GigaOm

How a Tiny Startup Used Twitter to Find App Store Success


With some 58,000 iPhone applications in the iTunes Store, developers face an uphill battle when it comes to building a user base for their applications. But thanks to a simple marketing campaign on Twitter, tap tap tap, a startup with less than 20 employees, has seen its app, Convert, become one of the top 30 most popular paid apps in less than a week.

To celebrate the launch of the 99¢ app, a simple unit and currency converter tool, tap tap tap is offering people who tweet the message featured on Convert's Tweetblast site the chance to win a $6,000, limited edition ColorWare Stealth MacBook Pro. The 14-day promotion that started last week has so far seen more than 16,000 people tweet about Convert, and enough people have downloaded the app to recoup the cost of the Stealth MacBook Pro, according to tap tap tap Co-Founder John Casasanta.

Half-way through Convert's promotion, Casasanta shared his tips on what helped make its Twitter marketing campaign a success:

Consider your target demographic: Twitter is not the right platform for every developer, according to Casasanta. It was a good fit for marketing Convert because it offered access to an older, tech-saavy demographic, tap tap tap's target audience. Facebook may be a better fit for those looking to reach a younger demographic.

Work on amassing a large group of Twitter followers first, then market to them: Casasanta is also one of the co-founders of MacHeist a site that, in addition to selling heavily discounted bundles of Mac software, holds an annual competition in which groups compete to get it for free ). Since MacHeist's Twitter account has built up a following of nearly 68,000 people, Casasanta decided to leverage the audience by posting a link to Convert's Tweetblast site. That was in addition to tap tap tap's own Twitter account, which had 2,000 followers before Convert's Aug. 13 release and has since grown to (at last check) some 22,000.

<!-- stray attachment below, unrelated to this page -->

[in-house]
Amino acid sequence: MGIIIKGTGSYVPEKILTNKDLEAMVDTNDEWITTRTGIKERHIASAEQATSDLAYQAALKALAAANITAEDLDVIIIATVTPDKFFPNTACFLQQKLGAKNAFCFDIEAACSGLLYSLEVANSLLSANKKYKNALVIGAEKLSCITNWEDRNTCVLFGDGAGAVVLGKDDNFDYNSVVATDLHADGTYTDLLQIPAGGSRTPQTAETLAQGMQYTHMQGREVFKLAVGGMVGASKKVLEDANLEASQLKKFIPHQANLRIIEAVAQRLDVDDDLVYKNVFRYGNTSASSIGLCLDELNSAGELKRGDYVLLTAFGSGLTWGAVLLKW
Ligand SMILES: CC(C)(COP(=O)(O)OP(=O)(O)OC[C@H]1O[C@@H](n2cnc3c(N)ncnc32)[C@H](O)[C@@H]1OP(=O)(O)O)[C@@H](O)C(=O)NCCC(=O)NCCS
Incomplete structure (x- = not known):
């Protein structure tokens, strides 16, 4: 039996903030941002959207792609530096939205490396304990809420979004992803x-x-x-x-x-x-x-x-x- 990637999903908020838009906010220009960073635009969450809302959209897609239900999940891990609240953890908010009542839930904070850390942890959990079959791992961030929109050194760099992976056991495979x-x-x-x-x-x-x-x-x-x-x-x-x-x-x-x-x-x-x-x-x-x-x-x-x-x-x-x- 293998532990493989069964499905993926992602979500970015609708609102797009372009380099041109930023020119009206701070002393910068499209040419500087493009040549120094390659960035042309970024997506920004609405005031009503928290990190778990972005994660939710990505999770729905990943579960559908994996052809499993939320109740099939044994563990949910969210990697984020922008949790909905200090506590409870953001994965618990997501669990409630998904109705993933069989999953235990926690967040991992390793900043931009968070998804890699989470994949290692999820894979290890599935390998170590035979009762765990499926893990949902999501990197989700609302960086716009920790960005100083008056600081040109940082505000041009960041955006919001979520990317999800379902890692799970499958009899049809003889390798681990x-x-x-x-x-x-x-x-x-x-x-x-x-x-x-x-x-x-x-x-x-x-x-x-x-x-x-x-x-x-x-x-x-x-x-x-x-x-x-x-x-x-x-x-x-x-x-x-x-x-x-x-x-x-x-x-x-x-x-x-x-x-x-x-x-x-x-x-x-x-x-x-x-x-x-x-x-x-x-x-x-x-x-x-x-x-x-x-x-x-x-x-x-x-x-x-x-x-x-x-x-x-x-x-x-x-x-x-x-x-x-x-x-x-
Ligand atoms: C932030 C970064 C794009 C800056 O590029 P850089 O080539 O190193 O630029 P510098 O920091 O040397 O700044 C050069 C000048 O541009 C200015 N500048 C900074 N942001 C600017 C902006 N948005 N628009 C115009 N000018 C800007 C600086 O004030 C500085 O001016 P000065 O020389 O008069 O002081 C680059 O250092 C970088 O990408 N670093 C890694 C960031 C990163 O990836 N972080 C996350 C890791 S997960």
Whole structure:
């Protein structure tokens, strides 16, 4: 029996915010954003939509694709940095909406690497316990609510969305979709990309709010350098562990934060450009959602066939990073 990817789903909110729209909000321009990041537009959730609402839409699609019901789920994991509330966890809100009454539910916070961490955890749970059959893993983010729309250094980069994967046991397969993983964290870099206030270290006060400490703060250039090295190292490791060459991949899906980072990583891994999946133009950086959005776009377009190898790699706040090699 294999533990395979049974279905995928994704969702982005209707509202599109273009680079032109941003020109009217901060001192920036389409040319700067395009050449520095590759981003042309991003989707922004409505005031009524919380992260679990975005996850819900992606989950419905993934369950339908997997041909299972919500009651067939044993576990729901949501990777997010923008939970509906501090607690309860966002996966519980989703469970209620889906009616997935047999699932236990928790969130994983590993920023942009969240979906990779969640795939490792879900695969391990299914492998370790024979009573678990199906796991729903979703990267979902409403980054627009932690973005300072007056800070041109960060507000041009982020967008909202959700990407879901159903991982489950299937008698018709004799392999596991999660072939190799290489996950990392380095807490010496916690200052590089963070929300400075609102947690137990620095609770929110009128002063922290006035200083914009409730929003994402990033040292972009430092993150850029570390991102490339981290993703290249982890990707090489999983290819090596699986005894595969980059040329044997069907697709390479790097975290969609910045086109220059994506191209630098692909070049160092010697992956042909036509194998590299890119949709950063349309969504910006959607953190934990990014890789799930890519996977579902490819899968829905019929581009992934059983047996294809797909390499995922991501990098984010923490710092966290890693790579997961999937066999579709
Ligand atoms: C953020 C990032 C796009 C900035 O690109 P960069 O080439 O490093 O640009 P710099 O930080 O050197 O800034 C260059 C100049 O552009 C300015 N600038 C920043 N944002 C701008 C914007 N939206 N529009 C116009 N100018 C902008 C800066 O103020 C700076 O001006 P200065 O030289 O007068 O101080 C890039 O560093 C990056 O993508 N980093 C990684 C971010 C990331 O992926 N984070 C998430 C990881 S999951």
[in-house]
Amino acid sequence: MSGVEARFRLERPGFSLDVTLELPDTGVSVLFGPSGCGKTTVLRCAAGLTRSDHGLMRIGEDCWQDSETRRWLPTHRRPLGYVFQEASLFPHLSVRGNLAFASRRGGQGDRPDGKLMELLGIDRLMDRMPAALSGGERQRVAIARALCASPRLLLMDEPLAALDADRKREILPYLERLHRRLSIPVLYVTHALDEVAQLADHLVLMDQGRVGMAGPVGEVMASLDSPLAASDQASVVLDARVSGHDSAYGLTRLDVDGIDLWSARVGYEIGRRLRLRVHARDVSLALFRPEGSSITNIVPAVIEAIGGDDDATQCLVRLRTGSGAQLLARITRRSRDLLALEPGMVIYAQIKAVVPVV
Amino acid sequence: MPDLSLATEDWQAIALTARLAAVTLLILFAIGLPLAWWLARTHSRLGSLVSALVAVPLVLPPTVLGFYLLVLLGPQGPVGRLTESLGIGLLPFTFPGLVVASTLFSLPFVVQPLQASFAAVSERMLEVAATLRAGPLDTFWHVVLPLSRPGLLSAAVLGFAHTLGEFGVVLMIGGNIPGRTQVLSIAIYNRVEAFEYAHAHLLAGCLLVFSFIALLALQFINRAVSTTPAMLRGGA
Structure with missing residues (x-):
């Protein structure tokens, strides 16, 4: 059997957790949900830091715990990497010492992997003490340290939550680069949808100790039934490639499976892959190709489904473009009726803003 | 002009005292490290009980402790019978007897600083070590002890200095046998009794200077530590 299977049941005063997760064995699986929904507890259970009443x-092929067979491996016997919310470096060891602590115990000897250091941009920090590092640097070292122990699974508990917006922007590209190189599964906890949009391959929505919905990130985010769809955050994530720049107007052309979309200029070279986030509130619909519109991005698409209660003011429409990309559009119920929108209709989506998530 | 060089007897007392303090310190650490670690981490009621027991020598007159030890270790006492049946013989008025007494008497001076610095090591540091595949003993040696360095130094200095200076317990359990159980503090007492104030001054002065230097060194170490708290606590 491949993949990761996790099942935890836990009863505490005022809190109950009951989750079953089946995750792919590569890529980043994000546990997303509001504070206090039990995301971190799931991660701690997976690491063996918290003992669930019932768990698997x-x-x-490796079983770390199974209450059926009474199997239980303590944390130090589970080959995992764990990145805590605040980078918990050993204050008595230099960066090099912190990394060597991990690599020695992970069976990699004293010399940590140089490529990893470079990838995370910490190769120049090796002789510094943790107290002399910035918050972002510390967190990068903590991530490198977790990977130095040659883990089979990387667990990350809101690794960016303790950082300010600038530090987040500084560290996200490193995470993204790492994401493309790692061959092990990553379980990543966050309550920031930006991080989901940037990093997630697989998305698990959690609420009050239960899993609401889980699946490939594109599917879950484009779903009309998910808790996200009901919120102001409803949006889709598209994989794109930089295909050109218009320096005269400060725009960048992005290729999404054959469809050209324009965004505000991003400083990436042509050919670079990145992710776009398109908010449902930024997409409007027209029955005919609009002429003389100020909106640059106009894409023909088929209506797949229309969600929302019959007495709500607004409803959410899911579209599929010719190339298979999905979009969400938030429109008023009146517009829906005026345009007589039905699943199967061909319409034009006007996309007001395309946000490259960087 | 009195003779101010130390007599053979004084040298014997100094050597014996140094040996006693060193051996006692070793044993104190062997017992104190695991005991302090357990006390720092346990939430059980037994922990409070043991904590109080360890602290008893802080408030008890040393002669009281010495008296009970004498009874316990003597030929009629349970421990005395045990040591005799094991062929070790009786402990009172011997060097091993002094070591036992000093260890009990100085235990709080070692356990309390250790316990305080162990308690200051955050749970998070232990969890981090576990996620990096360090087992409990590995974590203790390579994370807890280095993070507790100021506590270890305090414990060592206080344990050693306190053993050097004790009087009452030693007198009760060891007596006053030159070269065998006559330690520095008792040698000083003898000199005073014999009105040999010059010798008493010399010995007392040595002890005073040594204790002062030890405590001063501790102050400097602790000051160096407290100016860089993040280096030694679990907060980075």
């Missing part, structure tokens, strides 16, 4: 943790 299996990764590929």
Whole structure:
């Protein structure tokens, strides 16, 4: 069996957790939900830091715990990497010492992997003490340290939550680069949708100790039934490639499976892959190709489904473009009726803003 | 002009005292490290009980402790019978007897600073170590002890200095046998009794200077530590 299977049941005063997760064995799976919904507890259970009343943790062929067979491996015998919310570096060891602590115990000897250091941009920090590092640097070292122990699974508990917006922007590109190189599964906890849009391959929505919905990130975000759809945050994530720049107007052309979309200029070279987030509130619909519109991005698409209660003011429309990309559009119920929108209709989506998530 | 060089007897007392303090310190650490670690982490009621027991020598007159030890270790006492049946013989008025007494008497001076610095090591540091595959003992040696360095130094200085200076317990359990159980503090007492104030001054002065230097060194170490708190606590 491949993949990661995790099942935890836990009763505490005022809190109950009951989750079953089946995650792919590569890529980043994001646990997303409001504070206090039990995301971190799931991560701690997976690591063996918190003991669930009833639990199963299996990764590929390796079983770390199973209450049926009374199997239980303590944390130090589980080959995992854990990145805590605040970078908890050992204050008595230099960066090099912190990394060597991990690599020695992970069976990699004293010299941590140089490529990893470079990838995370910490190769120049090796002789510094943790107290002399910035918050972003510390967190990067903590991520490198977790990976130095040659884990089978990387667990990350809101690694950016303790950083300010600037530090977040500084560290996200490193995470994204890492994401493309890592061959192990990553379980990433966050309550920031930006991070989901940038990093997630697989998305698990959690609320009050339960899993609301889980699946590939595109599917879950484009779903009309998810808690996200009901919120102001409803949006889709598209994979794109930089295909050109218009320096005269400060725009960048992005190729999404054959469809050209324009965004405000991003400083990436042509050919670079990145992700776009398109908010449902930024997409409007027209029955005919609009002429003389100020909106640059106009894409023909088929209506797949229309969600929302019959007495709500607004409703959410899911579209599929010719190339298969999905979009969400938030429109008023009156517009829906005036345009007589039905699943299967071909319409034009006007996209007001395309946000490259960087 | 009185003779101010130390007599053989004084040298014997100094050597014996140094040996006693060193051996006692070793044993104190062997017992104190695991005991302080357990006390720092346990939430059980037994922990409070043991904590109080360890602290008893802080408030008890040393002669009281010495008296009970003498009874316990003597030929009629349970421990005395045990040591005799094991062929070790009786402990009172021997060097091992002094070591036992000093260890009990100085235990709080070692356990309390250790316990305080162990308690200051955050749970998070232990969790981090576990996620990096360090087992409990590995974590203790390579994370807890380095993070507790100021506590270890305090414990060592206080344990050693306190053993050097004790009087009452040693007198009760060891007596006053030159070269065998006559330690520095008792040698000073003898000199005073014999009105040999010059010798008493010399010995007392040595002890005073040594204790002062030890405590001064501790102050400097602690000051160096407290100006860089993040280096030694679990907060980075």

Offer something for free—something that spurs people to tweet and complements the app you're trying to sell: Apple (AAPL) has traditionally bundled together MacBooks with iPods, so Casasanta decided to take a page from the company's playbook. He settled on the Stealth MacBook Pro—one of the most lusted-after gadgets in the Valley, as only 10 units will reportedly be made—as both the ultimate prize for iPhone users and one that would incite enough excitement to get people to tweet about it.

Though tap tap tap's marketing scheme for Convert worked, marketing promotions on Twitter have proven to be a hit-or-miss strategy for other companies. While Web site builder Moonfruit's campaign gained traction on Twitter, its rival Squarespace's promotion flopped. But tap tap tap's campaign is a testament to how Twitter's viral sharing power can help a startup rise above the rest.

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Jennifer Martinez is a staff writer for GigaOM.

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